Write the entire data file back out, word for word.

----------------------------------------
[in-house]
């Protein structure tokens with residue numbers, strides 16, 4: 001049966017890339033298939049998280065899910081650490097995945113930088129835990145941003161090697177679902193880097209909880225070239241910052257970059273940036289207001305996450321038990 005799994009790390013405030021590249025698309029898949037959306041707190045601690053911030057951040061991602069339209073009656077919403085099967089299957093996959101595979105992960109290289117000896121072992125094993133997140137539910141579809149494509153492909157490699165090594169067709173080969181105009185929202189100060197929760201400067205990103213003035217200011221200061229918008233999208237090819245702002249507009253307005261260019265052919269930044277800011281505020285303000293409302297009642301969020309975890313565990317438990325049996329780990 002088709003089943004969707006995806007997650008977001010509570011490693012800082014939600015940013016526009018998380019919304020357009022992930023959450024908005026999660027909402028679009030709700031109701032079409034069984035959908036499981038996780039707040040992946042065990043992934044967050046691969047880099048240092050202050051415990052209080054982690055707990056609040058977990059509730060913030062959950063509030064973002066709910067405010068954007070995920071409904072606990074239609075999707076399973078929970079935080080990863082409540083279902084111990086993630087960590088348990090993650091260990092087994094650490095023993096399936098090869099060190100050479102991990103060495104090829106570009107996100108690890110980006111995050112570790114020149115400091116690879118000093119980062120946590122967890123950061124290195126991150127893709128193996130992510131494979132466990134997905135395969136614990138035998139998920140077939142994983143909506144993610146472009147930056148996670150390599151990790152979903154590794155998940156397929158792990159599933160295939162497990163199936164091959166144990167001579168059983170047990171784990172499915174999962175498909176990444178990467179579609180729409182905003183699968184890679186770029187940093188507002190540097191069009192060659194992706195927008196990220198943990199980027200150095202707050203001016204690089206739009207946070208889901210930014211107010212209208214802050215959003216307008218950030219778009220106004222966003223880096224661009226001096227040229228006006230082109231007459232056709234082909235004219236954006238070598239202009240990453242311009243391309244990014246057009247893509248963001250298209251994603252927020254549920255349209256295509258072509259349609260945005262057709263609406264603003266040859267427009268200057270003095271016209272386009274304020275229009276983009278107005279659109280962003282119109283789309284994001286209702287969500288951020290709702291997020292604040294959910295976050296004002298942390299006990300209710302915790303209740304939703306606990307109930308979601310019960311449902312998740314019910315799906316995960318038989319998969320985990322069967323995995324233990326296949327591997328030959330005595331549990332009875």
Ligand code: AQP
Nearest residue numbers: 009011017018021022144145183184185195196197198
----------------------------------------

[in-house]
């Protein structure tokens with residue numbers, strides 16, 4: 001049966017890339033298939049998280065899910081650490097995945113930088129835990145941003161090697177679902193880097209909880225070239241910052257970059273940036289207001305996450321038990 005799994009790390013405030021590249025698309029898949037959306041707190045601690053911030057951040061991602069339209073009656077919403085099967089299957093996959101595979105992960109290289117000896121072992125094993133997140137539910141579809149494509153492909157490699165090594169067709173080969181105009185929202189100060197929760201400067205990103213003035217200011221200061229918008233999208237090819245702002249507009253307005261260019265052919269930044277800011281505020285303000293409302297009642301969020309975890313565990317438990325049996329780990 002088709003089943004969707006995806007997650008977001010509570011490693012800082014939600015940013016526009018998380019919304020357009022992930023959450024908005026999660027909402028679009030709700031109701032079409034069984035959908036499981038996780039707040040992946042065990043992934044967050046691969047880099048240092050202050051415990052209080054982690055707990056609040058977990059509730060913030062959950063509030064973002066709910067405010068954007070995920071409904072606990074239609075999707076399973078929970079935080080990863082409540083279902084111990086993630087960590088348990090993650091260990092087994094650490095023993096399936098090869099060190100050479102991990103060495104090829106570009107996100108690890110980006111995050112570790114020149115400091116690879118000093119980062120946590122967890123950061124290195126991150127893709128193996130992510131494979132466990134997905135395969136614990138035998139998920140077939142994983143909506144993610146472009147930056148996670150390599151990790152979903154590794155998940156397929158792990159599933160295939162497990163199936164091959166144990167001579168059983170047990171784990172499915174999962175498909176990444178990467179579609180729409182905003183699968184890679186770029187940093188507002190540097191069009192060659194992706195927008196990220198943990199980027200150095202707050203001016204690089206739009207946070208889901210930014211107010212209208214802050215959003216307008218950030219778009220106004222966003223880096224661009226001096227040229228006006230082109231007459232056709234082909235004219236954006238070598239202009240990453242311009243391309244990014246057009247893509248963001250298209251994603252927020254549920255349209256295509258072509259349609260945005262057709263609406264603003266040859267427009268200057270003095271016209272386009274304020275229009276983009278107005279659109280962003282119109283789309284994001286209702287969500288951020290709702291997020292604040294959910295976050296004002298942390299006990300209710302915790303209740304939703306606990307109930308979601310019960311449902312998740314019910315799906316995960318038989319998969320985990322069967323995995324233990326296949327591997328030959330005595331549990332009875």
Ligand code: AQP
Nearest residue numbers: 009011017018021022144145183184185195196197198